The Diary of a Madman and Other Stories

Introduction by Donald Fanger
Afterword by Priscilla Meyer
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Mass Market Paperback
$5.95 US
On sale Mar 05, 2013 | 256 Pages | 978-0-451-41856-2
Some call him a Russian Mark Twain. And with his special blend of comedy, social commentary, and fantasy, Nikolai Gogol paved the way for his countrymen Tolstoy and Dostoyevsky. This sampling of Gogol’s works includes the increasingly fantastic entries of “The Diary of a Madman,” followed by the wonderfully surrealistic “The Nose,” in which the title character embarks on some unlikely activities when separated from its owner’s face. In “The Carriage,” a pompous landowner gets his comeuppance when he attempts to impress a general. Rounding out the collection are the woefully comic tale of a clerk’s acquisition of “The Overcoat” and the celebrated novella “Taras Bulba” about the Ukrainian mythic hero said to have led a bloody Cossack revolt against the Poles.

Translated by Priscilla Meyer and Andrew R. McAndrew

With a New Introduction

and an Afterword by Priscilla Meyer

Nikolai Vasilevich Gogol was born in 1809; his family belonged to a minor gentry of Ukrainian Cossack extraction, and his father was the author of a number of plays based on Ukrainian popular tales. He attended school in Nézhin and gained a reputation for his theatrical abilities. He went to St. Petersburg in 1829 and with the help of a friend gained a post in one of the government ministries. Gogol was introduced to Zhukovsky, the romantic poet, and to Pushkin, and with the publication of Evenings on a Farm near Dikanka (1831) he had an entrée to all the leading literary salons. He even managed for a short period to be a professor of history at the University of St. Petersburg (1834–1835). View titles by Nikolai Gogol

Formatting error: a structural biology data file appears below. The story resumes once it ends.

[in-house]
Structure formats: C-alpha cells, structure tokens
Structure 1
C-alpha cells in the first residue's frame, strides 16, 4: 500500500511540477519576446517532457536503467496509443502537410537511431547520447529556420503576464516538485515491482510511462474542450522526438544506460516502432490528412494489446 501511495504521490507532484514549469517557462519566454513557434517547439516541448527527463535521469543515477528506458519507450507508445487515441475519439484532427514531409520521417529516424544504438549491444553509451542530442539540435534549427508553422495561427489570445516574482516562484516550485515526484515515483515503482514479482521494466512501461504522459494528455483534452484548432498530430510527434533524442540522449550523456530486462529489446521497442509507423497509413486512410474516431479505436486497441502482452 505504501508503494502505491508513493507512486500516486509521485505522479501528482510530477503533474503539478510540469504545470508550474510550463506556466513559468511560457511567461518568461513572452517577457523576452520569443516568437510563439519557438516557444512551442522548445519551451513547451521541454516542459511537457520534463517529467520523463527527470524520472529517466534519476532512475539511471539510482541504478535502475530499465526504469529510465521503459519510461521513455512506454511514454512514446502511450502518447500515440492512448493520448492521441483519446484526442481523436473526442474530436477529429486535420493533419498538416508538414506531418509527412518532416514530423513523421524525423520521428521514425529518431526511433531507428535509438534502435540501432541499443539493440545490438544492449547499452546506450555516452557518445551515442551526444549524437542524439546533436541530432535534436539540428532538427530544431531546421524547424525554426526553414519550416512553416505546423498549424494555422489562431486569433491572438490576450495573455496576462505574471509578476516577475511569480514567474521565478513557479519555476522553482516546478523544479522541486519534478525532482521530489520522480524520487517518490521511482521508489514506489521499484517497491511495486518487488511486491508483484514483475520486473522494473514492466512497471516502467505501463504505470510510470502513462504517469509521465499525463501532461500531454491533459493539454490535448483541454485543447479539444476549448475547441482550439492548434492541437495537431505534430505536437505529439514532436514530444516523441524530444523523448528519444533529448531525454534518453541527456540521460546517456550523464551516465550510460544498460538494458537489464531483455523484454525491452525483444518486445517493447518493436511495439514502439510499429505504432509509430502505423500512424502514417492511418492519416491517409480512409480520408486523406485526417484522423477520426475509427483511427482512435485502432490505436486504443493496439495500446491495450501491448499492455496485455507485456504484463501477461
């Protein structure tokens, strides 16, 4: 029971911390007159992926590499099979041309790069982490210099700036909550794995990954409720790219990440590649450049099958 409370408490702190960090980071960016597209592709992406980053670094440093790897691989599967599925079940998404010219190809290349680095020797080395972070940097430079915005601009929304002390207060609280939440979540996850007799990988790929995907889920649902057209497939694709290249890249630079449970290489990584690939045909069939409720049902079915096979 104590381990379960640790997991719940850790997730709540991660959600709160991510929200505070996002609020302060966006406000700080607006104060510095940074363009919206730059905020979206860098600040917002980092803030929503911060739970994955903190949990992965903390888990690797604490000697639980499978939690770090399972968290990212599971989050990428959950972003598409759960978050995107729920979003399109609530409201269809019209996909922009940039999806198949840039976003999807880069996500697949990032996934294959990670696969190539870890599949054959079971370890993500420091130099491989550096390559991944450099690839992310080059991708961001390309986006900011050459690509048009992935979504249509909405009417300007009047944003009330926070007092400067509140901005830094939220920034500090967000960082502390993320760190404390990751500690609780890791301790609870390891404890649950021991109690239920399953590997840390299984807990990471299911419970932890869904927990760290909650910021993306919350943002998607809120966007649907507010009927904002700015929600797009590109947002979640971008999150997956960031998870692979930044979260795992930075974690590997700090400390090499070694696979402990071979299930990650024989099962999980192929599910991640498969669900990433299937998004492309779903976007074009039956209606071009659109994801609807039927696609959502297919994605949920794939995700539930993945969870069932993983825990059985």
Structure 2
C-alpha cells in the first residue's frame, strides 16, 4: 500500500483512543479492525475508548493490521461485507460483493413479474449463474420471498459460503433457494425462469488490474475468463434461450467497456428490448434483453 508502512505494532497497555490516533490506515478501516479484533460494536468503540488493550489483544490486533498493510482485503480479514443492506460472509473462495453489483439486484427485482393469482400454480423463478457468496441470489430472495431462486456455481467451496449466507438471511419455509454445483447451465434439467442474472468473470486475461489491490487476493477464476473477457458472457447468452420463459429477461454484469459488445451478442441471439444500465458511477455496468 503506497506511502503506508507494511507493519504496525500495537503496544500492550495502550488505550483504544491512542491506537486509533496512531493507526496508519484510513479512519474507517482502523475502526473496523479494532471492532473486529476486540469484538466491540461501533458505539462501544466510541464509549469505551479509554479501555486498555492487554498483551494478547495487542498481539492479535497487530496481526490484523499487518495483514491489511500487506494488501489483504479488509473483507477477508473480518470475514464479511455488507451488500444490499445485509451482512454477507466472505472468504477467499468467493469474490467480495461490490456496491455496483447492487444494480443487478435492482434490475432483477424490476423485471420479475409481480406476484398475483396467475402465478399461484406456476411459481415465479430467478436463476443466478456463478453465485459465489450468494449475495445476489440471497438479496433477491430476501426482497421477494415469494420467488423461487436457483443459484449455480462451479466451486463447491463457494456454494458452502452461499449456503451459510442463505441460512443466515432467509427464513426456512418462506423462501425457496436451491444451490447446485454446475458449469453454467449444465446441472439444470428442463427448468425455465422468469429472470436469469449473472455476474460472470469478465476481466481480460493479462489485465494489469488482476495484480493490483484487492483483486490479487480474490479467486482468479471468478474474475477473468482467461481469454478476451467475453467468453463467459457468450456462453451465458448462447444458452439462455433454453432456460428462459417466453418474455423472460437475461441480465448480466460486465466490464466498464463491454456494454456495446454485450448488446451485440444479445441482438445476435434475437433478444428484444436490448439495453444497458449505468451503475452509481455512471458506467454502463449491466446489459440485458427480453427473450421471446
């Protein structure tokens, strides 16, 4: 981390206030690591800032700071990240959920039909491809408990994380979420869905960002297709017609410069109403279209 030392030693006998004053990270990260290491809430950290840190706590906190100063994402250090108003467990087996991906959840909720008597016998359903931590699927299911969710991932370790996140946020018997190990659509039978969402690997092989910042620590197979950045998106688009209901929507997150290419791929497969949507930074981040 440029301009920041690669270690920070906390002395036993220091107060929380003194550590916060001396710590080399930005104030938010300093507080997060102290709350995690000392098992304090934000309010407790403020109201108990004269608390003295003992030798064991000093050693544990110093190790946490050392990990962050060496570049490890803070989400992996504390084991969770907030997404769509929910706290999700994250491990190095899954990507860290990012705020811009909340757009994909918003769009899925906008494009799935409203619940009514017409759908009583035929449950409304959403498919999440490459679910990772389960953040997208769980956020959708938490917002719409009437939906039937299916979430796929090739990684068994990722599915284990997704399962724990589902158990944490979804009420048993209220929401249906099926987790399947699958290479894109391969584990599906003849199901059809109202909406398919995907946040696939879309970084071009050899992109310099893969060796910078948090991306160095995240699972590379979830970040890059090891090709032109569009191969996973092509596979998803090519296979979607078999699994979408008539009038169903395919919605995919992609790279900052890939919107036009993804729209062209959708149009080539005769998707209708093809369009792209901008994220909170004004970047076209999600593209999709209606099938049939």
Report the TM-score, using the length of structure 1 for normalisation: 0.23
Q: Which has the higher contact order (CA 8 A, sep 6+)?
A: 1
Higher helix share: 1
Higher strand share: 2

About

Some call him a Russian Mark Twain. And with his special blend of comedy, social commentary, and fantasy, Nikolai Gogol paved the way for his countrymen Tolstoy and Dostoyevsky. This sampling of Gogol’s works includes the increasingly fantastic entries of “The Diary of a Madman,” followed by the wonderfully surrealistic “The Nose,” in which the title character embarks on some unlikely activities when separated from its owner’s face. In “The Carriage,” a pompous landowner gets his comeuppance when he attempts to impress a general. Rounding out the collection are the woefully comic tale of a clerk’s acquisition of “The Overcoat” and the celebrated novella “Taras Bulba” about the Ukrainian mythic hero said to have led a bloody Cossack revolt against the Poles.

Translated by Priscilla Meyer and Andrew R. McAndrew

With a New Introduction

and an Afterword by Priscilla Meyer

Author

Nikolai Vasilevich Gogol was born in 1809; his family belonged to a minor gentry of Ukrainian Cossack extraction, and his father was the author of a number of plays based on Ukrainian popular tales. He attended school in Nézhin and gained a reputation for his theatrical abilities. He went to St. Petersburg in 1829 and with the help of a friend gained a post in one of the government ministries. Gogol was introduced to Zhukovsky, the romantic poet, and to Pushkin, and with the publication of Evenings on a Farm near Dikanka (1831) he had an entrée to all the leading literary salons. He even managed for a short period to be a professor of history at the University of St. Petersburg (1834–1835). View titles by Nikolai Gogol

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